Keystone XL Debate Update November 2014

Matthew DeGraw
December 10, 2014

Submitted as coursework for PH240, Stanford University, Fall 2014


Fig. 1: Map showing the proposed additions to the Keystone XL Pipeline and the Ogallala Aquifer that the pipeline would pass through. (Source: Wikimedia Commons)

The Keystone XL Pipeline is an oil pipeline in the U.S. and Canada. The pipeline is currently incomplete and will remain that way unless TransCanada, a Canadian company that builds and operates energy infrastructure across North America and owns the pipeline, can get approval. The final vision for the pipeline is a connection from the oil sands in Alberta, Canada to the ports on the Gulf Coast that can carry up to 830,000 barrels per day. The project was started in 2008 and the system is about half-way finished but because building is suspended indefinitely it is unclear when, if ever, the project will be completed. [1] The debate over whether the bill allowing for additions to the pipeline should be passed has taken over U.S. energy discussion and become an extremely polarizing issue. Activists and environmental groups fight the additions citing environmental impact and potential for disaster while those in favor argue that the pipeline will create jobs and make the U.S. less reliable on oil from the Middle East. [2] This report will serve as an update for what is happening surrounding the Keystone XL debate to date.




On November 19, 2014 the U.S. senate ruled against the passage of the bill that would allow for the Keystone XL to be completed. The decision fell one vote shy of being passed in a 59-41 outcome. [2] Because the decision was so close this debate and project roar on. Despite the bill being rejected multiple times before and speculation that the project has reach its expiration date, the Republican Party still vows that the bill will get passed eventually. Because the GOP will take two-house control of Congress in January, this bill will almost certainly be revived. [5]


As has been for the past couple of years, the future of this project rests almost entirely in the hands of the passage of this bill being passed. If the bill does end up getting passed the project will be completed and the hundreds of thousands of barrels of oil per day will begin to flow. The more interesting scenario is if the bill gets denied again. Eventually, TransCanada has to give up on the Keystone XL project and cut their losses. Recently, TransCanada applied for a $10.7 billion dollar link between Alberta’s oil sands and Canada’s Atlantic Coast, presumably the backup plan for Keystone XL. This project has been called the Energy East Pipeline and would be North America’s largest crude pipeline carrying as much as 1.1 million barrels a day within Canada. [6]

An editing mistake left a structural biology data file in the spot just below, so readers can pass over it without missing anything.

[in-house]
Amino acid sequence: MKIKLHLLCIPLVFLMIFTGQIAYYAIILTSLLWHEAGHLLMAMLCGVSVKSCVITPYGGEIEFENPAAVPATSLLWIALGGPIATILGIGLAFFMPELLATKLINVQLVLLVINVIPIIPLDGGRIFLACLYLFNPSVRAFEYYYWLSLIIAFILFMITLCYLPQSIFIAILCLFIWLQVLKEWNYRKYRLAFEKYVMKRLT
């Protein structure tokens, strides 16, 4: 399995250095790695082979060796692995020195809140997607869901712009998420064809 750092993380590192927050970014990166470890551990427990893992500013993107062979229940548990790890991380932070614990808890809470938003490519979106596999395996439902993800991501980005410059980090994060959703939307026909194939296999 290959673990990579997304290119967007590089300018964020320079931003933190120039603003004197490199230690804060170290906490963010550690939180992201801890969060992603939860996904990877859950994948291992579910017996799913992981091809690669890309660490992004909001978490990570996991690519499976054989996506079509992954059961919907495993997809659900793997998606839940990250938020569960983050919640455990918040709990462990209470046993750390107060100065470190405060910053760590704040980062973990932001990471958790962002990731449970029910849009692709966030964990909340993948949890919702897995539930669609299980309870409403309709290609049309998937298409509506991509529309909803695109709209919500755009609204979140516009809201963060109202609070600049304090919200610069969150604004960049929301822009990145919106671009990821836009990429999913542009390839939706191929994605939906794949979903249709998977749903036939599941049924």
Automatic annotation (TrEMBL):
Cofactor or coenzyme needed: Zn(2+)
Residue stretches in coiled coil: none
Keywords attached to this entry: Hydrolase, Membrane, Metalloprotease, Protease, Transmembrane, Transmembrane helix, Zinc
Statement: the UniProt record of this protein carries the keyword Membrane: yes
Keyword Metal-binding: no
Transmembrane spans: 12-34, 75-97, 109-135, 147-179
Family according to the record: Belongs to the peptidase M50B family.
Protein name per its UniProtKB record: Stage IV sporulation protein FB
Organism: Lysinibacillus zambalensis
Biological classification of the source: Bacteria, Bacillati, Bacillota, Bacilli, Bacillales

© Matthew DeGraw. The author grants permission to copy, distribute and display this work in unaltered form, with attribution to the author, for noncommercial purposes only. All other rights, including commercial rights, are reserved to the author.


[1] C. Davenport, "Keystone Pipeline Pros, Cons and Steps to a Final Decision," New York Times, 18 Nov 14.

[2] M. Patton, "The Truth About The Keystone XL Pipeline," Forbes, 24 Nov 14.

[3] M. B. McElroy, "The Keystone XL Pipeline," Harvard Magazine, November-Decemebr 2013, p. 37.

[4] S. Elbein, "Jane Kleeb vs. the Keystone Pipeline," New York Times, 16 May 14.

[5] D. Espo and D. Cappiello, "No on Keystone Pipeline - but GOP Vows Replay," Associated Press, 18 Nov 14.

[6] R. Penty, "TransCanada Applies to Build Energy East Oil Pipeline," Bloomberg Businessweek, 30 Oct 14.